Evil practices such as sati were encouraged by the members of the society and the poor woman whose husband died had to sacrifice herself by sitting on the funeral pyre of the husband as such a practice was considered as an act that would give heavenly blessings to the couple. The scriptures have also time and again encouraged the practice of Sati. And as I write this project a woman in Chhattisgarh has recently committed sati by jumping into the funeral pyre of her husband and the same is encouraged and glorified by the members of the family of the women.

It is often a practice that after the women commits sati a temple is built in her honor at the place where she commits the act. Such outrageous practices and customs are still prevalent in India in spite of plethora of laws and a separate legislation in the form of commission of Sati Act, 1987 that have been enacted for the welfare of the women folk. The other incidence of sati in India though there have been many but the case of Roop Kanwar is amongst the most important cases that had sought national as well as international attention.

India has an adequate legal machinery to deal with such issues however in spite of these laws a number of cases appear where crimes against women are carried on consistently. The practice of Jauhar was prevalent amongst the Rajputs wherein the wife of the dead warriors used to immolate themselves.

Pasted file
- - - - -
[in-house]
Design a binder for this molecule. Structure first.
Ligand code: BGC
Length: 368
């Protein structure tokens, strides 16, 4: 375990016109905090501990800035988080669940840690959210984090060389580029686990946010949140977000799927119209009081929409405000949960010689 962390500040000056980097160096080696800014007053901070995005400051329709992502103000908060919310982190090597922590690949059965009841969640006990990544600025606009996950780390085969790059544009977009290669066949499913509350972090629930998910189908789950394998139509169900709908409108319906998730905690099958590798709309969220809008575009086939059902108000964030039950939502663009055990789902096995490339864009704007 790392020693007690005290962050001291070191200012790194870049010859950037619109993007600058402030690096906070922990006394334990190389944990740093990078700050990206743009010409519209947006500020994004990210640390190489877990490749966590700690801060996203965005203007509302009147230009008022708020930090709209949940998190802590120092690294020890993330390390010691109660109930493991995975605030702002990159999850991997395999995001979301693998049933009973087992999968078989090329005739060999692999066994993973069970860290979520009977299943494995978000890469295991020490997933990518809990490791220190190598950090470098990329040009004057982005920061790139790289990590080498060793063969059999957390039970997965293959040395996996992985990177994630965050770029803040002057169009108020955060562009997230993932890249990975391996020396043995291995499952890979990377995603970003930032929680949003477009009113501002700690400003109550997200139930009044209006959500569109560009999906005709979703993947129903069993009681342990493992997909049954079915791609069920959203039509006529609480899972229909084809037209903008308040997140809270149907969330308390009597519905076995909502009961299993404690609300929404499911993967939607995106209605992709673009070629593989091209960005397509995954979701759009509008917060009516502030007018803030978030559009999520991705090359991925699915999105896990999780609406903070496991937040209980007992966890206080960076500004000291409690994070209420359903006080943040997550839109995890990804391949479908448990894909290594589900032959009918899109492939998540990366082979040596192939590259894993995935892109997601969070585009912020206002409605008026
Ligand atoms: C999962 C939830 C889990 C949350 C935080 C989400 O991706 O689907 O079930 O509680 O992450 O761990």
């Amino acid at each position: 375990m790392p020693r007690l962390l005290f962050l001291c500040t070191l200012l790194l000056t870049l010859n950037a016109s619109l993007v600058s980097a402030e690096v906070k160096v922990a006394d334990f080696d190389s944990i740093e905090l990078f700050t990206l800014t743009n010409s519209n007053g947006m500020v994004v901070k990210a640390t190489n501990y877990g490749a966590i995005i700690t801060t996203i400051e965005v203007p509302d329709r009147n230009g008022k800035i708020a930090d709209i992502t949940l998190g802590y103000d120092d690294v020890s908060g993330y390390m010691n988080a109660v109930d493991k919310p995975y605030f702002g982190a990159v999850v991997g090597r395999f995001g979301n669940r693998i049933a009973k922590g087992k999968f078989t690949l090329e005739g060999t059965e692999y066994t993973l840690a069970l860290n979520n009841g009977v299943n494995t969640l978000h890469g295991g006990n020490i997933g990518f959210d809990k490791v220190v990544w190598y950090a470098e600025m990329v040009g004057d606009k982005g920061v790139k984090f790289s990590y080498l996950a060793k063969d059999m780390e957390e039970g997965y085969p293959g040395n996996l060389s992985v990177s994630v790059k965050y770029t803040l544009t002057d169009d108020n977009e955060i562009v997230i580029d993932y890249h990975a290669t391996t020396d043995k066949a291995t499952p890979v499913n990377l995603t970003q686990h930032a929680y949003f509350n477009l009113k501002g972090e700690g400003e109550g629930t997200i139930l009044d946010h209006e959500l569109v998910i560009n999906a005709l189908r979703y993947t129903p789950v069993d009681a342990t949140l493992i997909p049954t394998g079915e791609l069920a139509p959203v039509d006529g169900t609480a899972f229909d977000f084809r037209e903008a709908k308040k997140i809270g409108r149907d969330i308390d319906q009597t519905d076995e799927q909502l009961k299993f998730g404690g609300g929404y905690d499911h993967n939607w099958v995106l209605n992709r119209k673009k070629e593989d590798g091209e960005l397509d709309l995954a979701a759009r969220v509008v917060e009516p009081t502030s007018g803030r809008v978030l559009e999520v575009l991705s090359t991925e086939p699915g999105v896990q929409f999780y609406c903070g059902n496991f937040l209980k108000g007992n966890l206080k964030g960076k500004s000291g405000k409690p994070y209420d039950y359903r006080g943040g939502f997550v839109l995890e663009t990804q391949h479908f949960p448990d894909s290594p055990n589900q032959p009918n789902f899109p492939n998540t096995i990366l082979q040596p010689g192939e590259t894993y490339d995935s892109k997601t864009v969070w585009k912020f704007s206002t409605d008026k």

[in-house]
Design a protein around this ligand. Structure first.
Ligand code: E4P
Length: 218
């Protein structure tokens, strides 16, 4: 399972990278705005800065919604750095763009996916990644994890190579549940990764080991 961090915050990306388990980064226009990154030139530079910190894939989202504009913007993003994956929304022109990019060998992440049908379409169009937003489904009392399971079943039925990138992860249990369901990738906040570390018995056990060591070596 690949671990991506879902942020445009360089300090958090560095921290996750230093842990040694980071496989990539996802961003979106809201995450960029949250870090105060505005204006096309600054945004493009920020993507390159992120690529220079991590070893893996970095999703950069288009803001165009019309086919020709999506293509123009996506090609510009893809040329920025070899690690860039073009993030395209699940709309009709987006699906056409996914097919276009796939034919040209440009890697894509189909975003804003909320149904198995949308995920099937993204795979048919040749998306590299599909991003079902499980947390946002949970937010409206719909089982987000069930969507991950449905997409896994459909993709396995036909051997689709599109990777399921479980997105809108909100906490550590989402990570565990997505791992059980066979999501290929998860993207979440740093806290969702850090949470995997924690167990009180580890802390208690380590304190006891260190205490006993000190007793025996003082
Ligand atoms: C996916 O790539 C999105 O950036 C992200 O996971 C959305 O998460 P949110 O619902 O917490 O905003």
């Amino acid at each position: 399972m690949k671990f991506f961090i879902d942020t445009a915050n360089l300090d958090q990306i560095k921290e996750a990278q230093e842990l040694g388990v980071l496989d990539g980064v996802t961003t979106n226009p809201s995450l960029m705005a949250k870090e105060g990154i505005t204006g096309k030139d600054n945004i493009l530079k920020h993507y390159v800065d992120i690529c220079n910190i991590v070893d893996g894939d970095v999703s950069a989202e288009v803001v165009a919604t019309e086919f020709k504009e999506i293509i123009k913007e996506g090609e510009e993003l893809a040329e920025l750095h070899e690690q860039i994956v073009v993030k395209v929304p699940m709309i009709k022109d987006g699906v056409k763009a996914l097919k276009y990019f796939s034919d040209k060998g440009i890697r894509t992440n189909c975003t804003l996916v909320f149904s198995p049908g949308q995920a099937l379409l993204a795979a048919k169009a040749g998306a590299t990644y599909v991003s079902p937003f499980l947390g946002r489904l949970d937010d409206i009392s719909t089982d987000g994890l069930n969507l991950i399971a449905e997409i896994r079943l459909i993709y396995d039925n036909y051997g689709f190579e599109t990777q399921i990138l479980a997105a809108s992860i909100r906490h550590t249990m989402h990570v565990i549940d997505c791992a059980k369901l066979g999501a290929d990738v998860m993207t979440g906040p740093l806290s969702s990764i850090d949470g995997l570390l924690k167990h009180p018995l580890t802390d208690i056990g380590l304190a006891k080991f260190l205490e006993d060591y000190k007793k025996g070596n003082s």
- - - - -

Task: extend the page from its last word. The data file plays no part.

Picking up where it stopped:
As we enter the 21st century we find that women are by no means less competent than men and this can be evidenced by the X and XII results of the board examinations across the country where women have been surging ahead by far every year. However when we look at the sex ratio in the country we feel disgraced and embarrassed the 2001 census shows that for every 1000 male members there are 933 females.

Keeping the statistics in view the legislators have framed the PNDCA 1994, the act aims at preventing the offence of female feticide and provides heavy penalty for aborting a normal female child to not only the members of the family of the pregnant women but also the lab, nursing home or the hospital where such tests and operations for aborting the fetus are done. After independence the framers of the constitution while drafting the constitution at several occasions had considered the need for drafting special provisions for empowering the status of women. And for that purpose the framers of the constitution had incorporated various provisions that aimed at uplifting and improving the position of women in the post independence era.